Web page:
Unless you are freq riding stop and go at temps above 100 I wouldn't worry at all about oil cooler covers.

JT
 

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As I understand things, the S1000R guard was removed and the temps returned to normal, re-fitted and the temps went up. Seems pretty cut and dry to me. BMW would have to have some solid technical backup to send out an official advisory with a possible major impact on warranty claims.

Also have you seen some of the guards that are on sale? Some aren't simply a very thin wire mesh. I've seen ones that are fabricated from sheets of stainless, though admittedly not from a well-recognised manufacturer.

Anyway I'm just passing the information on. You can all make your own minds up..... ;)
By the way Dave, I forgot to say
Thank You for the information

Now I always thought Air cooled engines

cooled the engine thru radiating heat thru fins and it gets lubricated with oil.
And if you wish you can add an oil coolant and cool down the oil for better performance etc.

So Yes I was right on Airheads, but I guess Air/Oilheads do the same exact thing except that the oil actually is a coolant due to the way they have it travel around engine etc. so if thats the case then yes and I am glad I realized this. time for me to give oil changes faster than standard cause if it oil is used as a coolant then forget it it needs good oil.

see below from another forum

An air cooled engine uses oil for lubrication. An A/O cooled engine uses oil for lubrication and cooling. Airheads and other non-BMW air coolers use fins to radiate heat to the atmosphere. The thermostat doesn't change the method of cooling. Oil heads and other air/oil cooled engines route oil through the head, mostly around the exhaust ports, specifically to absorb heat. This heat is then transferred to the radiator. The use of oil as a heat transfer medium and lubricant makes the difference. Suzuki did the same thing with GSX-R engines before going to liquid cooling. That's why BMW filled the exhaust valves with sodium on the 1200s, to pull more heat out of the combustion chamber. My R100RT and 1979 Suzuki GS750 are both relatively low compression, so they function just fine. But for power, longevity, and emissions compliance, compression has to go up. More compression, more heat.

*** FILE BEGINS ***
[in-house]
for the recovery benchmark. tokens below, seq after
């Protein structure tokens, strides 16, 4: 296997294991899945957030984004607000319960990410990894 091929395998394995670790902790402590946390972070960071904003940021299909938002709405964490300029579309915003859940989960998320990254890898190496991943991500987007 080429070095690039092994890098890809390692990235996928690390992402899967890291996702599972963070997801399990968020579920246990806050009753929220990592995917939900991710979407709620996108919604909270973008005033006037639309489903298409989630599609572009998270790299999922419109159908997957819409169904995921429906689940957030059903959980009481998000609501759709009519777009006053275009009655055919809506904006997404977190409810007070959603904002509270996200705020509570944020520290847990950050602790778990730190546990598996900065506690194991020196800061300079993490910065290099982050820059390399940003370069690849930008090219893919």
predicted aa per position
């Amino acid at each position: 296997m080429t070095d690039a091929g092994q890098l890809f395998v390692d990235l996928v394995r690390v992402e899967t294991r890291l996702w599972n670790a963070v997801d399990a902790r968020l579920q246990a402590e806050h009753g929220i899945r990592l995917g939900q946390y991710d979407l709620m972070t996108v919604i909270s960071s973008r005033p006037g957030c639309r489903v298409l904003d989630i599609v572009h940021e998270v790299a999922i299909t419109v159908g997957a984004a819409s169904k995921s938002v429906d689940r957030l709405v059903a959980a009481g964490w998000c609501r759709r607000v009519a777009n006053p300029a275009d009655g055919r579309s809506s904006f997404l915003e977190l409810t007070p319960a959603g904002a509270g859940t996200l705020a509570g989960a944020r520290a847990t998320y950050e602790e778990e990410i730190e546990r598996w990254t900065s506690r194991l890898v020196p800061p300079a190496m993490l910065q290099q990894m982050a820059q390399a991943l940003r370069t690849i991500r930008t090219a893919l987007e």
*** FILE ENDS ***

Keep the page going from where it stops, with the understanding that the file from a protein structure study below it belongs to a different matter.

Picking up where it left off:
If you want to get technical, it's the humidity in air that conducts heat. So all engines are both air and liquid cooled.
 

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wow I really thought oil was for lubricating and the radiator for cooling the oil

below is some more info from another forum


Basically the 1000 cc opposed twin engine was as large as could be successfully made with only air-cooling. So when they wanted to go to a larger displacement engine they had to make a oil loop to take heat out of the heads. Hence "oil heads." Basically as the size of the cylinder head increases the ability to dissipate heat goes down. An engineer could give us the formula.
 

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wow I really thought oil was for lubricating and the radiator for cooling the oil

below is some more info from another forum